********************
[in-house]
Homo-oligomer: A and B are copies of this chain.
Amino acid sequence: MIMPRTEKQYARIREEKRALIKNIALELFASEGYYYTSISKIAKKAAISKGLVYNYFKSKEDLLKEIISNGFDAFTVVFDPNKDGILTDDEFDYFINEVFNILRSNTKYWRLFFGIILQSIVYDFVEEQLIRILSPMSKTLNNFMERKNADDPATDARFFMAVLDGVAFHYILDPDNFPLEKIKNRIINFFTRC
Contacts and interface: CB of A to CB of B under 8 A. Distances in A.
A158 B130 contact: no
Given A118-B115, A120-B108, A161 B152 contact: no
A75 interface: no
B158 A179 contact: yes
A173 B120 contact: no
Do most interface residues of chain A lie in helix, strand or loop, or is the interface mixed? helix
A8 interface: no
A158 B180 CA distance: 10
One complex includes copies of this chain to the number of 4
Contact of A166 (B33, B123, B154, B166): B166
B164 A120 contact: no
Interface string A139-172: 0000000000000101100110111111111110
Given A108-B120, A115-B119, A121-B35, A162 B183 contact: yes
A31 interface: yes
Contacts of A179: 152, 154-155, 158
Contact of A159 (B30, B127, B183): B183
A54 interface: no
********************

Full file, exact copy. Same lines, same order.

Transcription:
[in-house]
Homo-oligomer: A and B are copies of this chain.
Amino acid sequence: MIMPRTEKQYARIREEKRALIKNIALELFASEGYYYTSISKIAKKAAISKGLVYNYFKSKEDLLKEIISNGFDAFTVVFDPNKDGILTDDEFDYFINEVFNILRSNTKYWRLFFGIILQSIVYDFVEEQLIRILSPMSKTLNNFMERKNADDPATDARFFMAVLDGVAFHYILDPDNFPLEKIKNRIINFFTRC
Contacts and interface: CB of A to CB of B under 8 A. Distances in A.
A158 B130 contact: no
Given A118-B115, A120-B108, A161 B152 contact: no
A75 interface: no
B158 A179 contact: yes
A173 B120 contact: no
Do most interface residues of chain A lie in helix, strand or loop, or is the interface mixed? helix
A8 interface: no
A158 B180 CA distance: 10
One complex includes copies of this chain to the number of 4
Contact of A166 (B33, B123, B154, B166): B166
B164 A120 contact: no
Interface string A139-172: 0000000000000101100110111111111110
Given A108-B120, A115-B119, A121-B35, A162 B183 contact: yes
A31 interface: yes
Contacts of A179: 152, 154-155, 158
Contact of A159 (B30, B127, B183): B183
A54 interface: no